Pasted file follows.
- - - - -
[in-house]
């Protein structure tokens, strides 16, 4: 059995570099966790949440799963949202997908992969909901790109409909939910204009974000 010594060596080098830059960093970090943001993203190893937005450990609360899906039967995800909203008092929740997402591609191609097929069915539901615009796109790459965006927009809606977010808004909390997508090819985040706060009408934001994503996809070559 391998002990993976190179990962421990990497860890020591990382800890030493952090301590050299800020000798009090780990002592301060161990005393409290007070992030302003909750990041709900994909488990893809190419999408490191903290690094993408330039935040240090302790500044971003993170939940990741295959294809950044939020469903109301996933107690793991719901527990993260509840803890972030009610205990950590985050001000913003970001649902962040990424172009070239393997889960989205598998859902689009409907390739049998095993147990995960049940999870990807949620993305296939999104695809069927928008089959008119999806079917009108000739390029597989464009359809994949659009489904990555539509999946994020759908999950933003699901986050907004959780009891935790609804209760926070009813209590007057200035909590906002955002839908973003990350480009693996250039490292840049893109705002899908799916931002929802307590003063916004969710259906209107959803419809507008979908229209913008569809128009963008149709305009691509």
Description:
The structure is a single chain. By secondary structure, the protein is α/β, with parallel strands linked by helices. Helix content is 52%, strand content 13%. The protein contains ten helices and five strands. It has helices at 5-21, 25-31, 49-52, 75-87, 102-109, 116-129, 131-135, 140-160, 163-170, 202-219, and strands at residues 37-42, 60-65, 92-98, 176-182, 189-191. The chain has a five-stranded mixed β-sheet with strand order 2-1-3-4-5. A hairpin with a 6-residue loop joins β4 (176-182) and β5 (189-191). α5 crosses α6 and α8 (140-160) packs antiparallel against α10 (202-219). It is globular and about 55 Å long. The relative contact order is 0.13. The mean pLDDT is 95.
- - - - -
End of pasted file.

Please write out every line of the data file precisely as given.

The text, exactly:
[in-house]
């Protein structure tokens, strides 16, 4: 059995570099966790949440799963949202997908992969909901790109409909939910204009974000 010594060596080098830059960093970090943001993203190893937005450990609360899906039967995800909203008092929740997402591609191609097929069915539901615009796109790459965006927009809606977010808004909390997508090819985040706060009408934001994503996809070559 391998002990993976190179990962421990990497860890020591990382800890030493952090301590050299800020000798009090780990002592301060161990005393409290007070992030302003909750990041709900994909488990893809190419999408490191903290690094993408330039935040240090302790500044971003993170939940990741295959294809950044939020469903109301996933107690793991719901527990993260509840803890972030009610205990950590985050001000913003970001649902962040990424172009070239393997889960989205598998859902689009409907390739049998095993147990995960049940999870990807949620993305296939999104695809069927928008089959008119999806079917009108000739390029597989464009359809994949659009489904990555539509999946994020759908999950933003699901986050907004959780009891935790609804209760926070009813209590007057200035909590906002955002839908973003990350480009693996250039490292840049893109705002899908799916931002929802307590003063916004969710259906209107959803419809507008979908229209913008569809128009963008149709305009691509």
Description:
The structure is a single chain. By secondary structure, the protein is α/β, with parallel strands linked by helices. Helix content is 52%, strand content 13%. The protein contains ten helices and five strands. It has helices at 5-21, 25-31, 49-52, 75-87, 102-109, 116-129, 131-135, 140-160, 163-170, 202-219, and strands at residues 37-42, 60-65, 92-98, 176-182, 189-191. The chain has a five-stranded mixed β-sheet with strand order 2-1-3-4-5. A hairpin with a 6-residue loop joins β4 (176-182) and β5 (189-191). α5 crosses α6 and α8 (140-160) packs antiparallel against α10 (202-219). It is globular and about 55 Å long. The relative contact order is 0.13. The mean pLDDT is 95.